imparity

(redirected from imparities)

im·par·i·ty

 (ĭm-păr′ĭ-tē)
n. pl. im·par·i·ties
Inequality; disparity.

[Late Latin imparitās, from Latin impār, not equal : in-, not; see in-1 + pār, equal; see perə- in Indo-European roots.]

imparity

(ɪmˈpærɪtɪ)
n, pl -ties
a less common word for disparity1
[C16: from Late Latin imparitās, from Latin impar unequal]

im•par•i•ty

(ɪmˈpær ɪ ti)

n., pl. -ties.
lack of equality; disparity.
[1555–65; < Late Latin imparitās. See im-2, parity1]
Translations

imparity

[ɪmˈpærɪtɪ] Ndisparidad f

imparity

nUngleichheit f
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References in periodicals archive ?
A speech pathologist assesses speech imparities, cognitive communication and helps to treat various communication disorders in children and adults.
5 billion people did not have legal identification in the world therefore they remain deprived of taking advantage of UN millennium development program on poverty alleviation, social imparities, malnutrition, economic imbalance and other issues.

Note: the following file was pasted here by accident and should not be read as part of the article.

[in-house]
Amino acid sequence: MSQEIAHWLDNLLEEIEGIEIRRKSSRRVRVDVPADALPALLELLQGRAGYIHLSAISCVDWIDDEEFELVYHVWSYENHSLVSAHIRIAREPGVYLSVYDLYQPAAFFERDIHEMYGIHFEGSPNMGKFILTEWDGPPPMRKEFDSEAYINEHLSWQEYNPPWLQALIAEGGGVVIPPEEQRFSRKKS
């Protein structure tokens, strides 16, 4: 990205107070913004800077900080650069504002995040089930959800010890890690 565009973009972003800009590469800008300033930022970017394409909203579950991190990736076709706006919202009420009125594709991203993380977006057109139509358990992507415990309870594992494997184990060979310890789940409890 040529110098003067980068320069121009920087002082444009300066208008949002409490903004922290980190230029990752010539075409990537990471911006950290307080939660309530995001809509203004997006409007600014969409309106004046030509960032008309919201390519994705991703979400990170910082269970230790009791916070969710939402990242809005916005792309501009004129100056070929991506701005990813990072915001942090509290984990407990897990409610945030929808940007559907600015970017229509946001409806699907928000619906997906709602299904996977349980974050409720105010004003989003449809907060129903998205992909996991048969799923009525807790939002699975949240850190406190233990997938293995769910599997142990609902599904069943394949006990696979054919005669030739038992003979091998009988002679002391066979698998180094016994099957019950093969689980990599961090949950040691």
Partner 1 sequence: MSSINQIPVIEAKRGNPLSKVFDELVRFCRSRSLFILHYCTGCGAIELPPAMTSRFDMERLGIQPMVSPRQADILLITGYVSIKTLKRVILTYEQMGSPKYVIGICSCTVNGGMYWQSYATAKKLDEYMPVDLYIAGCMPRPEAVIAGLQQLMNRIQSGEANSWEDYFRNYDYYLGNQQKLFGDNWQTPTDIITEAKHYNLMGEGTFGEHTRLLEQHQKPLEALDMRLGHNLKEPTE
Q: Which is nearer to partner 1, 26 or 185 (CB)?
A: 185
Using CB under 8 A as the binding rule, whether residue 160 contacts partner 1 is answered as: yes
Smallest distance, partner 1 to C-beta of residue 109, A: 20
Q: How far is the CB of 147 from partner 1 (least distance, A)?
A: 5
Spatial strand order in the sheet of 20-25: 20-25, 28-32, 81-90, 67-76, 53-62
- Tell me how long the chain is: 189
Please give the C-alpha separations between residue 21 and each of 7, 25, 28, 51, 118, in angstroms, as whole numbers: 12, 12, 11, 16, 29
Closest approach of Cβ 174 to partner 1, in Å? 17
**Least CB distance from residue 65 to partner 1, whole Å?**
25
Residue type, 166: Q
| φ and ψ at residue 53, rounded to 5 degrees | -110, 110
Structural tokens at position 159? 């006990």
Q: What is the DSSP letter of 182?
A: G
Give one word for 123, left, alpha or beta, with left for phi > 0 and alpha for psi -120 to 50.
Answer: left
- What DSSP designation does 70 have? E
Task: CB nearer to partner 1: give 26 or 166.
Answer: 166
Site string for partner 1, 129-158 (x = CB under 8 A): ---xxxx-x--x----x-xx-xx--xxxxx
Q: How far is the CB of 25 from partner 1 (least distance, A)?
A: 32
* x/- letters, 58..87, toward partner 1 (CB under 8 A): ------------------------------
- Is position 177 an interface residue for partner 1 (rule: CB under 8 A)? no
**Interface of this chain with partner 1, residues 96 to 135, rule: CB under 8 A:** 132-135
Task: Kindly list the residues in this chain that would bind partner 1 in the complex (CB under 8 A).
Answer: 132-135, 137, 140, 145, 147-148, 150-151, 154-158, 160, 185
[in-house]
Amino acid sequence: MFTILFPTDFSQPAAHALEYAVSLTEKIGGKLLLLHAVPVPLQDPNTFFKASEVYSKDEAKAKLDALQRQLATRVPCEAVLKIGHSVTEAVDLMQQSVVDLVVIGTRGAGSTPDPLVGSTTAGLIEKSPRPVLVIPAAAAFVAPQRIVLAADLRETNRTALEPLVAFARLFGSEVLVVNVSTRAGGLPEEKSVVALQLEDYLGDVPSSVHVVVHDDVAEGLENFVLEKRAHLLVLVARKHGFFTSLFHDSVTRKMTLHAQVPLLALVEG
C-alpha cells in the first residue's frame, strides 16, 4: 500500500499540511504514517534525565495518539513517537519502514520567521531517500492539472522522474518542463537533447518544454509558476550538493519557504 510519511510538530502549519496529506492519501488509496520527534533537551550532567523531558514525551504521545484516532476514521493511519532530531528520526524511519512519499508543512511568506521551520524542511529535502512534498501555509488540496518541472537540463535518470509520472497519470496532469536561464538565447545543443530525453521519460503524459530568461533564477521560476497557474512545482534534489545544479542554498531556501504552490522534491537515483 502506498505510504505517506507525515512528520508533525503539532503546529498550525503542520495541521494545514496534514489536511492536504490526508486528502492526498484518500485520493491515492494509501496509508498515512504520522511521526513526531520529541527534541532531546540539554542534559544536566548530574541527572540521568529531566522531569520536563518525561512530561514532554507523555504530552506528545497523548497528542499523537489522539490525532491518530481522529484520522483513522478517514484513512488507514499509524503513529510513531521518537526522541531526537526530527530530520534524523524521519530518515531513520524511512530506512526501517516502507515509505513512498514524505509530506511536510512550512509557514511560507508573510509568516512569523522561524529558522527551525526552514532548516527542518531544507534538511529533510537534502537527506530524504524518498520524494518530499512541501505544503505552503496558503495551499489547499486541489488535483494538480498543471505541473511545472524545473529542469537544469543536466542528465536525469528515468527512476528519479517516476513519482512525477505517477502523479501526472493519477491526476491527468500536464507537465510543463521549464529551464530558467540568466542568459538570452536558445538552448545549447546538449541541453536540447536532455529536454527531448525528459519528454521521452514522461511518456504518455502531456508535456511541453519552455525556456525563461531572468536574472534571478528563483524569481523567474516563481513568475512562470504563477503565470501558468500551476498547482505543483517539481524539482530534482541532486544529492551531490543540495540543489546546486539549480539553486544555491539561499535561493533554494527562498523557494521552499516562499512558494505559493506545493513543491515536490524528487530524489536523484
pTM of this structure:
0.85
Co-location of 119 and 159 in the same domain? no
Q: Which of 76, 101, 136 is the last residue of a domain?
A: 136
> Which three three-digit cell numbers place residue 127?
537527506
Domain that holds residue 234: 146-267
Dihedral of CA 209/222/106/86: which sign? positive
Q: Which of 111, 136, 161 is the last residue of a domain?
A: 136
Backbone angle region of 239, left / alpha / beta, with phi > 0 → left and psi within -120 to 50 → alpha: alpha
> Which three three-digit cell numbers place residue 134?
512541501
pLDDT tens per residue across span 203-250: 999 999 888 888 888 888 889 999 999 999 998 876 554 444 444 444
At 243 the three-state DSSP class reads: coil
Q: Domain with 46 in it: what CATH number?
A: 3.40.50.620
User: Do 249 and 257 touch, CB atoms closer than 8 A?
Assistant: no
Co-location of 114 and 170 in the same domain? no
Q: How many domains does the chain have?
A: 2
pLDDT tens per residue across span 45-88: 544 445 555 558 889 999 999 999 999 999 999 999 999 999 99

Even after six years the Punjab Govt kept running away from holding of local bodies elections, indulged in formulating rigging plans through faulty legislation and illegal demarcation of constituencies which were at last exposed in the court, govt backed out of its promises to hold imparities probes into the documented evidence about rigging in the general election of 2013, the year 2013 turned out to be pleasant in the context that failed and flop schemes like Yellow Cab, Sasti Roti, Green Tractor Scheme and Daanish School reached their end those who launched these schemes with pride felt ashamed while making mention of these schemes.
Regarding learning disabilities, there were imparities between some of the subjects tested.
Despite palpable dissent from inside the agencies required to execute the administration's policy, it seems that the invasion proceeded without a significant countervailing bureaucratic influence for four primary reasons--(1) organizational theory and psychology principles restrain dissent; (2) appointed like-thinking bureaucrats impel federal hierarchies to a favored position amid discordant membership; (3) restraining forces in organizational dissent models are marginalized by commonly applicable federal policies; and (4) asymmetric information imparities restrain informed dissent within agencies.